Thursday, July 12, 2012
"Please tell me he didn't just say that."
I knew he had, but I really didn't want the moment to be ruined by such crassness. Mark Trumbo had just obliterated some poor sap of a baseball. The white speck flew farther and farther into left field, until it came to a sudden halt as it collided with the towering "Royals Hall of Fame" sign.
"Now, THAT is a Trum-bomb!" screamed the on-field hype-man/MC/sponser-dropper.
I scanned over the whole of the Kauffman Stadium diamond below me. I knew he was down there. He had to be. He was there earlier. Surely, he can't run! I muttered under my breath and between the spittle, "Say Trum-bomb one more time! Just one more time. Say it. Say it! SAY IT!" like it was the nickname I had been called through all of my formative years and now that I've finally hit my growth spurt, I think I can fight the whole world; I've just needed an excuse.1
With cheese pouring from his ears, Mr. Hype-man provided the excuse after a lull of smashes. "Come on, KC! He's needs some motivation for some more Trum-bombs!" Before his teeth could even close to make that terrible "s" sound, my mind cut to me leaping with a terrible roar, causing all the onlookers encircling our duel to gasp simultaneously. Each punch was dedicated to some terrible pain he had inflicted upon me this evening. "This is for trying to get me to yell 2 hours before the derby! And, this is for saying 'State Farm' every 5 seconds!" And, then completing it with a "trum-bomb" of my own straight to the nose, followed by nervously explaining that this was his fault; he knew what would happen if he used THAT word.
The carnival style mad-man who refused to allow a moment's silence during the whole Home Run Derby was sadly fitting. He seemed to personify the whole joke that is the All-Star weekend. Except, he was in on the joke.
Before the derby started, the official guy-who-yells-really-loud-between-the-innings-at-games-to-keep-everyone-entertained tried to do a simple interview with Robinson Cano. What I got from the interview was, "BOOOOOOOOOOOOO!" Kauffman was already filling up and it seemed that the whole crowd was booing as loud as ever at the man. And, whenever the booing died down, the guy-who-yells, etc. would say something like, "booing is a sign of appreciation" or "we love having you here," which would instantly ratchet the boos back up.
For those who don't know, Robinson Cano had promised that he would pick one of the hometown Royals to be in the Home Run Derby. Fans were incredibly excited, and with Billy Butler selected to the All-Star Game, Royals fans waited anxiously to see the man banging dingers at the derby. But, he wasn't picked. Cano offered no explanation other than ceaselessly repeating that the decision was really hard. After a large amount of vitriol began heading Cano's way, there were rumors he would drop out to let Butler take his spot. When asked about it, he said he wouldn't do that, because he wanted to win. All this rubbed the local fans the wrong way.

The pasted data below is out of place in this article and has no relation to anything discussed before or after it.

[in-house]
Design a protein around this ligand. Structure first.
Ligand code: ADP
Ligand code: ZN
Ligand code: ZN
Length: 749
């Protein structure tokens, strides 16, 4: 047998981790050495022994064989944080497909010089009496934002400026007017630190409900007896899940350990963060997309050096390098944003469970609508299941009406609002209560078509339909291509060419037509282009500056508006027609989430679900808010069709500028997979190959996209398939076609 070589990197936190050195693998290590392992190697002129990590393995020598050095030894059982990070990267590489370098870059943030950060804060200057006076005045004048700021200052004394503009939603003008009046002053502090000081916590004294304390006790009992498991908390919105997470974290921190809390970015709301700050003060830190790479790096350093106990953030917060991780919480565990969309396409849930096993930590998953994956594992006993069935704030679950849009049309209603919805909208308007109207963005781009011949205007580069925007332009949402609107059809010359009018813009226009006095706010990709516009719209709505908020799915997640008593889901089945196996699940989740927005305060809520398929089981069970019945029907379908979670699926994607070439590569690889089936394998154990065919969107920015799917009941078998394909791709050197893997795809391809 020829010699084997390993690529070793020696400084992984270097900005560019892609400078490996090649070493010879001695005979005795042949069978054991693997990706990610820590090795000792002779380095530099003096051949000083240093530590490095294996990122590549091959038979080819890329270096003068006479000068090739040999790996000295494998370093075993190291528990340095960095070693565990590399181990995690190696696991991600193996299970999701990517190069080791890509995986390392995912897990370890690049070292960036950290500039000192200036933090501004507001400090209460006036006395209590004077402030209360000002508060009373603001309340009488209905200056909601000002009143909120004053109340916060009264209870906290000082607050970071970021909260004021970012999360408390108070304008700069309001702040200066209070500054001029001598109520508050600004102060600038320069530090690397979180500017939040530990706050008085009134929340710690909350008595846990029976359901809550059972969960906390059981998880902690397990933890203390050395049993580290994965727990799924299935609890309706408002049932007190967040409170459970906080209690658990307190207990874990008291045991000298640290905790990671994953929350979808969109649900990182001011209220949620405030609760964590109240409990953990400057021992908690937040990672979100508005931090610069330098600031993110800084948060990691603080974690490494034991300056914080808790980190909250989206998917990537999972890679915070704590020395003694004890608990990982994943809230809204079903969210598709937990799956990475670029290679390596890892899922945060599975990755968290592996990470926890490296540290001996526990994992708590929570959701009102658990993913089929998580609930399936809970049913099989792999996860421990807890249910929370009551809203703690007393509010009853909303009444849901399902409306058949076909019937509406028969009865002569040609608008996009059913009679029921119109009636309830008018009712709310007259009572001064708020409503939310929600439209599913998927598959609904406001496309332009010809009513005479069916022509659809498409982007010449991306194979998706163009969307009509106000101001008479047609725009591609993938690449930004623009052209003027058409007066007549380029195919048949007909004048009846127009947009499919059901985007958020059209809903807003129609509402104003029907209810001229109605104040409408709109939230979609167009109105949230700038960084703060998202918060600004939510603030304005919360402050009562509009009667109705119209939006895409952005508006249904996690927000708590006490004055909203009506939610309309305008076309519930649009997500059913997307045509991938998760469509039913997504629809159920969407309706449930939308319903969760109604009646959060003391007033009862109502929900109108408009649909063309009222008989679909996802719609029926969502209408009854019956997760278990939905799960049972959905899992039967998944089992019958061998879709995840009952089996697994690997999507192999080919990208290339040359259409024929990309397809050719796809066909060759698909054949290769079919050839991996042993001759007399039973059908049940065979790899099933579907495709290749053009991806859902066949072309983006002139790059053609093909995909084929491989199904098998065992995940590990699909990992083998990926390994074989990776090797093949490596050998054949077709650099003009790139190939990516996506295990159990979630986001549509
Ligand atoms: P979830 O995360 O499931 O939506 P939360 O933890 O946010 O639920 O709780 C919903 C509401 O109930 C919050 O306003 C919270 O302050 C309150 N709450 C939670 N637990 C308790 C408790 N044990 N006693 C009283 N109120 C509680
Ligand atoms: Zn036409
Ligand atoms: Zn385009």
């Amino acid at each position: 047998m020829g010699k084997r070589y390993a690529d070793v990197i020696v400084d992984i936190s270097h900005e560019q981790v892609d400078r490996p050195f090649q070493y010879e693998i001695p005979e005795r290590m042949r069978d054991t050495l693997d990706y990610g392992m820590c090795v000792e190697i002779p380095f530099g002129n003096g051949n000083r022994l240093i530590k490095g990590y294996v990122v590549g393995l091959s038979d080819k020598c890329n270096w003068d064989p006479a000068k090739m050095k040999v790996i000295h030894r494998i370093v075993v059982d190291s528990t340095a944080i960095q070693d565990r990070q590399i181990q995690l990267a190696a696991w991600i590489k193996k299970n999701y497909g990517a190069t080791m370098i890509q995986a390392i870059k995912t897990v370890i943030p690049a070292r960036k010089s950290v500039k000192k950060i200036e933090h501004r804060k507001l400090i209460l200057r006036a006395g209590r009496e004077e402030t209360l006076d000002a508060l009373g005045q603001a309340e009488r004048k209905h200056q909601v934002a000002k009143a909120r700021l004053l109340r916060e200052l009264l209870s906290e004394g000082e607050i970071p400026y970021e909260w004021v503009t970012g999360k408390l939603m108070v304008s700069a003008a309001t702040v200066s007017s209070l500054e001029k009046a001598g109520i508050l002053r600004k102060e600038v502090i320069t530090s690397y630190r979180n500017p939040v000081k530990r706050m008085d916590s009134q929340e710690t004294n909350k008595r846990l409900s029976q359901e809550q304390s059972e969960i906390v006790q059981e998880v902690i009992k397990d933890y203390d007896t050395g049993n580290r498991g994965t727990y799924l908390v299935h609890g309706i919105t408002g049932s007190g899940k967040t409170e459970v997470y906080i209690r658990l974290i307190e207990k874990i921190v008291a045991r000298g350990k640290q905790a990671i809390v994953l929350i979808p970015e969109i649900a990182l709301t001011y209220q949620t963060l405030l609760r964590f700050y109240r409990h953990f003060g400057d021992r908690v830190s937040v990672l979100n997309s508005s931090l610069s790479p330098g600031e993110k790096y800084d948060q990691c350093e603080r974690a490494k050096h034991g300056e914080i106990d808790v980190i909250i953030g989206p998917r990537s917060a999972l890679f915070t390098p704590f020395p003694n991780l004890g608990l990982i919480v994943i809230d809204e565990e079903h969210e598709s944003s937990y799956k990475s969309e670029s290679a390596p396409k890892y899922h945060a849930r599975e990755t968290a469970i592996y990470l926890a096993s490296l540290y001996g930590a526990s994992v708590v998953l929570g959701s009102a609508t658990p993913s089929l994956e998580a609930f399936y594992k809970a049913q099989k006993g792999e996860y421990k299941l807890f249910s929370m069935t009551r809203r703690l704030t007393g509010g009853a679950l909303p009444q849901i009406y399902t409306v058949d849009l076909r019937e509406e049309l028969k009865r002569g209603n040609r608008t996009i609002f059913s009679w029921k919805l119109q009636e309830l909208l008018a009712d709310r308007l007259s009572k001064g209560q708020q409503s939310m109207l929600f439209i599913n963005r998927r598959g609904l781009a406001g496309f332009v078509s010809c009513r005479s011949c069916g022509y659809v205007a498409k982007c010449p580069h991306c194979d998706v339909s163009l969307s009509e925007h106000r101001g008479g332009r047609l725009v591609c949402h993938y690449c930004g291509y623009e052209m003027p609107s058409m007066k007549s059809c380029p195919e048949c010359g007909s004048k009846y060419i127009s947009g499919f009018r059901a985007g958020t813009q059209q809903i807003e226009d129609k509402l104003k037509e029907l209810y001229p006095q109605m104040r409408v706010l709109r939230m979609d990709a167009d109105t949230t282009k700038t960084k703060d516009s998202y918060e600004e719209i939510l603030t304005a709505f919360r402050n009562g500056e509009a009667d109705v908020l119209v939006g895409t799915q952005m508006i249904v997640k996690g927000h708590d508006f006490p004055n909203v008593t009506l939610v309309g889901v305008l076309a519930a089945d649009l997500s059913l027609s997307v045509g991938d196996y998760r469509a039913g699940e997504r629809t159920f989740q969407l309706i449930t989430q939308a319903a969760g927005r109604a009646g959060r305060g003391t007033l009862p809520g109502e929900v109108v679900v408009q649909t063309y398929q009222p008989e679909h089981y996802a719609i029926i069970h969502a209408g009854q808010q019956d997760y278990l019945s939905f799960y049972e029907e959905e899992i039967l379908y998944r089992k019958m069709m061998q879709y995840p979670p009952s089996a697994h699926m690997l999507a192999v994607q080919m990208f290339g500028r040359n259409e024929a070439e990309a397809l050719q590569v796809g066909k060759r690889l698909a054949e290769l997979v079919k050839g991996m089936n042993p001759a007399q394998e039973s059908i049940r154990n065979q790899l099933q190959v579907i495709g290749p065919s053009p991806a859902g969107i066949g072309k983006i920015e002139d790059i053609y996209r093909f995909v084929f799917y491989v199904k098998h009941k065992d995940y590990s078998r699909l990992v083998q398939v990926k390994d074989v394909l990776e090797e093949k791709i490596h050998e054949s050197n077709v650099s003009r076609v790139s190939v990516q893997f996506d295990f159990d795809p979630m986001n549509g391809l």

The big New Yorker had come in promising big things, but had instead slapped us across the face and pretended he didn't care in the slightest.
When the batting order went up on the 105 foot tall Crown-topped screen, Cano's name was listed last. The anticipation built for what I knew would be a memorable moment.
When I say it is the most fun I have ever had at Kauffman Stadium, I'm not kidding. My fondest memory of Kauffman prior was a walk-off home run from Ken Harvey in the 11th inning.3 Yes. I said Ken Harvey. During that exhiliratingly cruel 2003 season, the Royals were, well, royalty within the city. It finally seemed fun to be a Royals fan, rather than just an investment in the hope of future fun. But, when Cano came up to bat, the Royals community stood together again and created an even more beautiful moment.
Every sharply fouled ball was met with a roar of ironic cheers. It felt almost like an English Premier League match. We were the Manchester United supporters behind the goal and Cano played the role of Fernando Torres missing the gaping goal. Justice had been meted out. The big New Yorker had strode in KC and collapsed under the midwest lights. Decades of angst and flyover-country jabs suddenly seemed worth all the trouble.
As Cano, sulked from home plate with zero home runs to a standing ovation, for a few brief--but oh-so-wondrous--moments the crowd noise drowned out what that hidden hype man was trying to scream.
1 The high schools depicted on the silver screen have always seemed like some strange foreign world compared to any of my high school experiences, but the fact that some version of this line comes up so often puzzles me more than any of the other oddities that Hollywood high schools seem to have come up with. Perhaps, my upper middle class2 high school missed out on all the fun.↩
2 Upper-middle class. Not upper class. Not middle class. I'm neither obnoxiously posh nor distigustingly average. I'm the perfect happy medium. Or, so we're told.↩
3 That was Harvey's 2nd hit of the game. Other multi-hit Royals that day: Michael Tucker, Raul Ibanez and Angel Berroa. The homer took us to a 12-3 record and filled a whole city with the sort of hope that we all knew would crush our souls in just a couple short months, but we hadn't tasted it for so long, so on we screamed, "nosotros creemos!" We believe.↩